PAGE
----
Hiscocks told Capital Daily she does not believe the city has done adequate consultation on the policy and says without efforts to curb real estate speculation and investment, new developments could be bought up by investors rather than providing homes for residents. She would not have been alone in expressing those views, which were a common refrain among opponents and even some supporters at the hearing.

“I was going to say at the microphone … ‘Mayor, Victoria is full,’” Hiscocks said.

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She would like to see the city find a way to ensure new homes are used by people who live and work in Victoria rather than as investments.

“Banking on housing as a main source of income, that’s not right,” Hiscocks said.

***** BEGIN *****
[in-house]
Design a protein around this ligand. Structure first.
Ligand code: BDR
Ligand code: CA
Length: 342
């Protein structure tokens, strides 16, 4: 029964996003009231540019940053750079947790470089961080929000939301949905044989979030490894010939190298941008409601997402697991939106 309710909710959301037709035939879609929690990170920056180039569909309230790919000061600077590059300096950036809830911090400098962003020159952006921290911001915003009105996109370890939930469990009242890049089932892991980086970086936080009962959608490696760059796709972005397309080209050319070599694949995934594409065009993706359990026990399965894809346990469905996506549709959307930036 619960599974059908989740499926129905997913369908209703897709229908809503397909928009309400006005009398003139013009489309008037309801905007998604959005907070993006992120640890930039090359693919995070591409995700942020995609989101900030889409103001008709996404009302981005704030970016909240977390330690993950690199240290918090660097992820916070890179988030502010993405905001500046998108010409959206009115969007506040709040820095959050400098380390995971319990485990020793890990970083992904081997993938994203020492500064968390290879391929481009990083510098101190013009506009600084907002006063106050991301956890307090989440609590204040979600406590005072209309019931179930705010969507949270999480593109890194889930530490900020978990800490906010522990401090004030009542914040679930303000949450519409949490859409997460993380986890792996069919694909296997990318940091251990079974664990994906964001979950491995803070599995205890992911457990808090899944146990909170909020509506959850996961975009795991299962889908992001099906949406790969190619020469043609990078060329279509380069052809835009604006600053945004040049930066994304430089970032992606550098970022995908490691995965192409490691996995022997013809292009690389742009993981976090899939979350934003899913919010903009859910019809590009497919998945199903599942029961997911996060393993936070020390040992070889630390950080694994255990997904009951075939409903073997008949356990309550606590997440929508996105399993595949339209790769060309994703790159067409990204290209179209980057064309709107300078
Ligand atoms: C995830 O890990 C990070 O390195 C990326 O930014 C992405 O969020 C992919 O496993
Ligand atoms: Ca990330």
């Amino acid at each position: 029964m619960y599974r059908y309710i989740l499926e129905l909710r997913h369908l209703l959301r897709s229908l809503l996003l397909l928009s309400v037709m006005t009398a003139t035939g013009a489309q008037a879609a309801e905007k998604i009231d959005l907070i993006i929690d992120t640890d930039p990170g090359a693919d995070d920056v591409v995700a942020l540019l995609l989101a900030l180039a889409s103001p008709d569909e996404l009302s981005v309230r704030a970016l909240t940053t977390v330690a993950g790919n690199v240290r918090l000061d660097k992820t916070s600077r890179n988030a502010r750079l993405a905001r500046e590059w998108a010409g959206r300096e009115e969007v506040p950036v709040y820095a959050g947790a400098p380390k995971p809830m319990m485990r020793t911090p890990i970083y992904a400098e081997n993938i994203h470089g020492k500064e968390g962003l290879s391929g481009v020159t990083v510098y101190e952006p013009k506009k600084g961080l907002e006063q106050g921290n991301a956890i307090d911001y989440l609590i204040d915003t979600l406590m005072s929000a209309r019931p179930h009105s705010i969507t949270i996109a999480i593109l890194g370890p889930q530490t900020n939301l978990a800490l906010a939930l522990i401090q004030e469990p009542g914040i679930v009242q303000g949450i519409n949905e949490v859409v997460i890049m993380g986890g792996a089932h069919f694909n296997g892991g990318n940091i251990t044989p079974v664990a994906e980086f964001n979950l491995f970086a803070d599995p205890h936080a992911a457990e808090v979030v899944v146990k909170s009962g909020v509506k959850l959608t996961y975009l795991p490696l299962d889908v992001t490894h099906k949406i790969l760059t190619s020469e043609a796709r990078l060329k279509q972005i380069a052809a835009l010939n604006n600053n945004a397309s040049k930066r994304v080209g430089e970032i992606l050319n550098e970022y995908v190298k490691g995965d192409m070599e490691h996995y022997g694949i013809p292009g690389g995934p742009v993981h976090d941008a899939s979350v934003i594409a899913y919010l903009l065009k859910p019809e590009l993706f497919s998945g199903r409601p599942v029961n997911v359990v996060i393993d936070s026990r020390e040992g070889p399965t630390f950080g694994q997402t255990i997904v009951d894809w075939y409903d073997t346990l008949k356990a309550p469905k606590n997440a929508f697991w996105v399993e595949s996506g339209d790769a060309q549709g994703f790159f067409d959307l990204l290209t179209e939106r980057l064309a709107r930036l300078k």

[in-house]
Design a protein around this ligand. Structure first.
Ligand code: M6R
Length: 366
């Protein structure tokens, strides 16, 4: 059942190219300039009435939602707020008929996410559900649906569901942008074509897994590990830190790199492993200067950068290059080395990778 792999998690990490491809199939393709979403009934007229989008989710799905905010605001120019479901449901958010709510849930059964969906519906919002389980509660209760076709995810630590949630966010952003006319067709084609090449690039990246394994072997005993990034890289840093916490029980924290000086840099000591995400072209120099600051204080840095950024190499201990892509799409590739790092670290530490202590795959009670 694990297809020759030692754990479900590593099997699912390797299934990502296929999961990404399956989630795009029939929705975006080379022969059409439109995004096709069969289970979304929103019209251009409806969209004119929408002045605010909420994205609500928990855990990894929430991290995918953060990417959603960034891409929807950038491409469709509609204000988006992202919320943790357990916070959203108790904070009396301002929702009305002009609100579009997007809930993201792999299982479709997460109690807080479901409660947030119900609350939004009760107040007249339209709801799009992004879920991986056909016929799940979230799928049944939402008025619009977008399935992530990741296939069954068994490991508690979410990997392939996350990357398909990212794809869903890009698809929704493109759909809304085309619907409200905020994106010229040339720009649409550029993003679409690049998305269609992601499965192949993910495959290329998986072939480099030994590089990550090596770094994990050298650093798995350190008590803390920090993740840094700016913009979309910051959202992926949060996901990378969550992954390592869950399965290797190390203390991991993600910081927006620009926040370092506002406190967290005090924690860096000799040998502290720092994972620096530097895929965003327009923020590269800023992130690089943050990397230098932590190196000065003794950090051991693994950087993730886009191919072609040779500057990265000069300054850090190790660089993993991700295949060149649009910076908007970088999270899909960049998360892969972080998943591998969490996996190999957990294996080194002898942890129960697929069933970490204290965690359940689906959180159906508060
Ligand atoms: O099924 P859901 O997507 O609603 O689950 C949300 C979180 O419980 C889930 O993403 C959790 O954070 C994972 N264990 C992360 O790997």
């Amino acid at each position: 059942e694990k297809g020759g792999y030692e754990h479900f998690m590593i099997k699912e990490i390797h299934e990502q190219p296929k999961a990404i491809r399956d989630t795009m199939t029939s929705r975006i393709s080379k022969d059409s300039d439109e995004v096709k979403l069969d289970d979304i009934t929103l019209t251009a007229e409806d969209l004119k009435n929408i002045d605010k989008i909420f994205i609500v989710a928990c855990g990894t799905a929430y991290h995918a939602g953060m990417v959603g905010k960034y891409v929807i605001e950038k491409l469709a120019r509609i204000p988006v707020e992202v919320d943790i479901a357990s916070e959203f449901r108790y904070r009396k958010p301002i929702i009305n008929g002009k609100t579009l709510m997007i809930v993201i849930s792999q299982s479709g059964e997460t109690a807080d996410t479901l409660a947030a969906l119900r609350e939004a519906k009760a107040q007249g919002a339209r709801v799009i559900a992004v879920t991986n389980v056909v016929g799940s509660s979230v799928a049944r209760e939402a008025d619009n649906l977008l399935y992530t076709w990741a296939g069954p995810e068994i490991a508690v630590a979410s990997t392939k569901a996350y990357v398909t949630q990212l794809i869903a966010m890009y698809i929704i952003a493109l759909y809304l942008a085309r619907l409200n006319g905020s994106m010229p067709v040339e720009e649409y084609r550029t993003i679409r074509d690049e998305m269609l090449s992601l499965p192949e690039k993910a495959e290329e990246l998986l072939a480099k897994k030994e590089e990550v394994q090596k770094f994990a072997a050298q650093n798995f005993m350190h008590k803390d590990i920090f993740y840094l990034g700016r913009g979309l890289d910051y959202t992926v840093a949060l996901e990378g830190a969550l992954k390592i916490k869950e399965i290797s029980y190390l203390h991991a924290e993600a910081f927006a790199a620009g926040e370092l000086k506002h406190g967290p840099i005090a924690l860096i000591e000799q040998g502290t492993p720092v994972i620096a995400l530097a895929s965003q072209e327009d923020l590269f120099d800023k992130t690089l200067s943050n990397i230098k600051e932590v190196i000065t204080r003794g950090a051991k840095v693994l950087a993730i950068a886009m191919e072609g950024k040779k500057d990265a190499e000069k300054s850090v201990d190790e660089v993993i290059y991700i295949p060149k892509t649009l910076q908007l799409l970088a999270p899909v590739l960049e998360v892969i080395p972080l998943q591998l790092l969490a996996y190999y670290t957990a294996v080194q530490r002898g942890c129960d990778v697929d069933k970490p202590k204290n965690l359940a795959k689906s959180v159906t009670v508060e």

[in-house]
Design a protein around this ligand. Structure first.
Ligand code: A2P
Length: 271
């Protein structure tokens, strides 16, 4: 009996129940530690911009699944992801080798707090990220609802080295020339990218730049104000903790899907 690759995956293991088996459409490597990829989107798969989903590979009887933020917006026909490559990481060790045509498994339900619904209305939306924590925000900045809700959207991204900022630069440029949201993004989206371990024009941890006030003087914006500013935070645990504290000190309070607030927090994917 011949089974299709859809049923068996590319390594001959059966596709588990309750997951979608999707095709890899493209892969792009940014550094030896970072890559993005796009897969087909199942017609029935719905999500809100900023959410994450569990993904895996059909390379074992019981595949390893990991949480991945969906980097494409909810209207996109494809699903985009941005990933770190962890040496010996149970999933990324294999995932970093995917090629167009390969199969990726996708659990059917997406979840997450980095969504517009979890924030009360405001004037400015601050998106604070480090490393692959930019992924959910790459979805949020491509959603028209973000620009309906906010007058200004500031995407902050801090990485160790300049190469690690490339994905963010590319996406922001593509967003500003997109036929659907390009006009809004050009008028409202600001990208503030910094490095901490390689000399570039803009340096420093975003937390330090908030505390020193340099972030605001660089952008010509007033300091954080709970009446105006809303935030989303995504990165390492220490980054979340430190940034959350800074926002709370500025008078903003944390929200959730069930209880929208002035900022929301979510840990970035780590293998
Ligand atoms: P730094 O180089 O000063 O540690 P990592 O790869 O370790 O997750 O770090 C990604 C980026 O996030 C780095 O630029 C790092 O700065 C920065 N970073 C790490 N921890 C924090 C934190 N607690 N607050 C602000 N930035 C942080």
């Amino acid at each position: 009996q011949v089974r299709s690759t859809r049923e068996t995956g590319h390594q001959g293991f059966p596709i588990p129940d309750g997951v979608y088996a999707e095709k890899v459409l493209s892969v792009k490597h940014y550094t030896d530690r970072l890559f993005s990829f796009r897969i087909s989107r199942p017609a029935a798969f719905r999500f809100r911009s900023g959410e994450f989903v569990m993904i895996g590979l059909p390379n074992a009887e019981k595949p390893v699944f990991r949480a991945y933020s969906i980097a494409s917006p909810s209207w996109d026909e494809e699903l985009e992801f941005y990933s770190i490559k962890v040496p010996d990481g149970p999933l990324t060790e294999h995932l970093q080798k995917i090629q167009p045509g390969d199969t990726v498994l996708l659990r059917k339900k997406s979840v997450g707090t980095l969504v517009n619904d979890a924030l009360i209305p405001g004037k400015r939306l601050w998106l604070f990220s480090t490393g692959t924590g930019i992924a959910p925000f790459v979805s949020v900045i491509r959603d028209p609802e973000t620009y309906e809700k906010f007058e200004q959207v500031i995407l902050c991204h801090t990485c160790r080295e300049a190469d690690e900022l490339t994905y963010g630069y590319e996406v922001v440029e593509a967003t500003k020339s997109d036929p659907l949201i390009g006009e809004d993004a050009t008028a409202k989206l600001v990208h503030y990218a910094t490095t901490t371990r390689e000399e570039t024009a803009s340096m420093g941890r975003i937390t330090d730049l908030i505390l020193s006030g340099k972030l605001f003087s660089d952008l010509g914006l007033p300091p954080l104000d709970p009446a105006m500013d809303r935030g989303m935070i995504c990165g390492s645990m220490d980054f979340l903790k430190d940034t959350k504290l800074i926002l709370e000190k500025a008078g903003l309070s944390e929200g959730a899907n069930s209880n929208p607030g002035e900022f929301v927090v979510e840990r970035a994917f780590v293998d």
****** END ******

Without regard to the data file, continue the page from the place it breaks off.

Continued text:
During last Thursday’s meeting, Hiscocks said she saw “broken hearts” as well as “a sense of entitlement” with some established residents expressing little empathy for the experiences of others. 

Luna, who asked that her last name not be used due to safety concerns, also attended the hearing and was among those who spoke in favour of the initiative. Following her presentation to council, Luna said she was accosted by a woman who made derogatory comments about renters.

“People have a lot of emotion and that's fine, but it's not fine to be disrespectful and confrontational to random people,” she said.

Part of what motivated Luna—a renter and part-time student working in health care—to attend was her experience at hearings on other housing development proposals, which she said tend to be dominated by opponents.

“Even though they say they care about affordable housing, they don't go unless they're mad about it,” she said.

What Luna and Hiscocks—and many others who spoke in favour of and against Missing Middle—are overlooking, however, is that the policy is not about affordability.